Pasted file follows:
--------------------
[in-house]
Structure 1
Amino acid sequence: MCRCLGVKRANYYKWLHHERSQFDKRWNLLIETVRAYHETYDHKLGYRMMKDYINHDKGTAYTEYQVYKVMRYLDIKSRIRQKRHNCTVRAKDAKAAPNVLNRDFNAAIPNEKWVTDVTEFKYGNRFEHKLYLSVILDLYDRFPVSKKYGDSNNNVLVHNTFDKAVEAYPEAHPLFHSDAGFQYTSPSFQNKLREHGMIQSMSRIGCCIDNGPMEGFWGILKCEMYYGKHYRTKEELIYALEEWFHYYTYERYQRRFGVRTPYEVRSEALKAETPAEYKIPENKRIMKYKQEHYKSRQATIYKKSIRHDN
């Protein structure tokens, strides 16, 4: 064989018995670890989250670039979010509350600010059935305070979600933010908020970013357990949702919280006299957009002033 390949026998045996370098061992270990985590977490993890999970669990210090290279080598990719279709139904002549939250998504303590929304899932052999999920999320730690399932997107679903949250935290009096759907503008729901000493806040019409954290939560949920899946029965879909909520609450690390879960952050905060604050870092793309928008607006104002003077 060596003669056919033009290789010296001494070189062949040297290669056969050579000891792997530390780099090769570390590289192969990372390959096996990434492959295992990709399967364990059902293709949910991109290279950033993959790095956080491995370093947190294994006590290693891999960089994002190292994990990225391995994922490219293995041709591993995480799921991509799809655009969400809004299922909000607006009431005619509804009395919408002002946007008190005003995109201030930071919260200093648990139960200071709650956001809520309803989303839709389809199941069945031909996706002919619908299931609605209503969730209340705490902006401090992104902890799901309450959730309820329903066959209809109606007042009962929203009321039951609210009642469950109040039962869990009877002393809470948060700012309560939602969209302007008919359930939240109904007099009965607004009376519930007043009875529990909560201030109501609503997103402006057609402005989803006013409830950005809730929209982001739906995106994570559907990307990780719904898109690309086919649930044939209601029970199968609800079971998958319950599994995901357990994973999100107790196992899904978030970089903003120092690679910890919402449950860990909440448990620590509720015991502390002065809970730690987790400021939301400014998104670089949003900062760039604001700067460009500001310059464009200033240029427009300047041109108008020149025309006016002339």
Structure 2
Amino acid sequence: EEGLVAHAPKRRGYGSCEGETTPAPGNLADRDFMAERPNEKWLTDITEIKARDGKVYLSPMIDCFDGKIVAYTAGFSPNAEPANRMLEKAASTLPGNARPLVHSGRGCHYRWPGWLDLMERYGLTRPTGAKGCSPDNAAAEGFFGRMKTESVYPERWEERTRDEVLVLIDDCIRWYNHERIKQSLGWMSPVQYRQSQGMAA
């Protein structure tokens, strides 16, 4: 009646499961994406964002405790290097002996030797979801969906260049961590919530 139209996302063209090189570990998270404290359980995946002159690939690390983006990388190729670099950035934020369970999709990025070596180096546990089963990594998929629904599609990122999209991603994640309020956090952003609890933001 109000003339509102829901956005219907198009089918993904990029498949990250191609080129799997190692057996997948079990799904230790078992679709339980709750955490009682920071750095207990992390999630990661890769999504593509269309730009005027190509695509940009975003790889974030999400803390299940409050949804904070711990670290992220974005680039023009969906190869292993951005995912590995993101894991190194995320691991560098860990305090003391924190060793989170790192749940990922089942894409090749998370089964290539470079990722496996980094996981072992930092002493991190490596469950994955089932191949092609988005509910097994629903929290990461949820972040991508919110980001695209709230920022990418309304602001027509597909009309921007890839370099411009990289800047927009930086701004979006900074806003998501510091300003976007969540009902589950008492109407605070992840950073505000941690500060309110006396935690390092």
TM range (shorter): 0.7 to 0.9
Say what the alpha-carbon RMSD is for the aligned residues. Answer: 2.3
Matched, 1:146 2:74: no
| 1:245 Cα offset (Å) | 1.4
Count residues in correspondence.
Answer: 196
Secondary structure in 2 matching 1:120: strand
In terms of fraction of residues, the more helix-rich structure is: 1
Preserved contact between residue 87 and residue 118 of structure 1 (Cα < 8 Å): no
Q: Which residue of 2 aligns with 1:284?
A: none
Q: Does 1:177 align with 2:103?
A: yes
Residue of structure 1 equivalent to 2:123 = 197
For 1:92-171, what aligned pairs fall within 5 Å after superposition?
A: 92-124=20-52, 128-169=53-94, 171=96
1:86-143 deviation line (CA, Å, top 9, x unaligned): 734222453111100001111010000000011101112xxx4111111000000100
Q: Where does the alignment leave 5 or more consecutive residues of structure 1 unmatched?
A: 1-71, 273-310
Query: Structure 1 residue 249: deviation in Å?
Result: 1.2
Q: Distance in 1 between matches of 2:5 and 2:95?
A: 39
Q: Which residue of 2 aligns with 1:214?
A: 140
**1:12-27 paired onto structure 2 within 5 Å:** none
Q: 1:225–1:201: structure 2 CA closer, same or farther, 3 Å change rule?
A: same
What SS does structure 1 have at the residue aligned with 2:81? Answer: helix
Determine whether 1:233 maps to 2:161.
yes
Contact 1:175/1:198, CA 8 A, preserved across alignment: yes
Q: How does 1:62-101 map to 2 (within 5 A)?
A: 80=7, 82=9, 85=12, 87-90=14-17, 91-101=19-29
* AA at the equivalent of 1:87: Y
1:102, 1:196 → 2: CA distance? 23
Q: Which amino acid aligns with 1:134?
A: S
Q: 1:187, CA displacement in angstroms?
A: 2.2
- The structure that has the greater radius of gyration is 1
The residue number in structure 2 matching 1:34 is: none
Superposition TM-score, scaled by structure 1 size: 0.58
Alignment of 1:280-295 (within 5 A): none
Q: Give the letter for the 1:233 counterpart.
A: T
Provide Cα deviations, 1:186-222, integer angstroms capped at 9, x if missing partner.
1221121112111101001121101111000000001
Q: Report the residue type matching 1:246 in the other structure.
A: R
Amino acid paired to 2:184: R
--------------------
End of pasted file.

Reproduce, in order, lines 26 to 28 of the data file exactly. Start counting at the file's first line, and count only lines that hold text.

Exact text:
A: 1-71, 273-310
Query: Structure 1 residue 249: deviation in Å?
Result: 1.2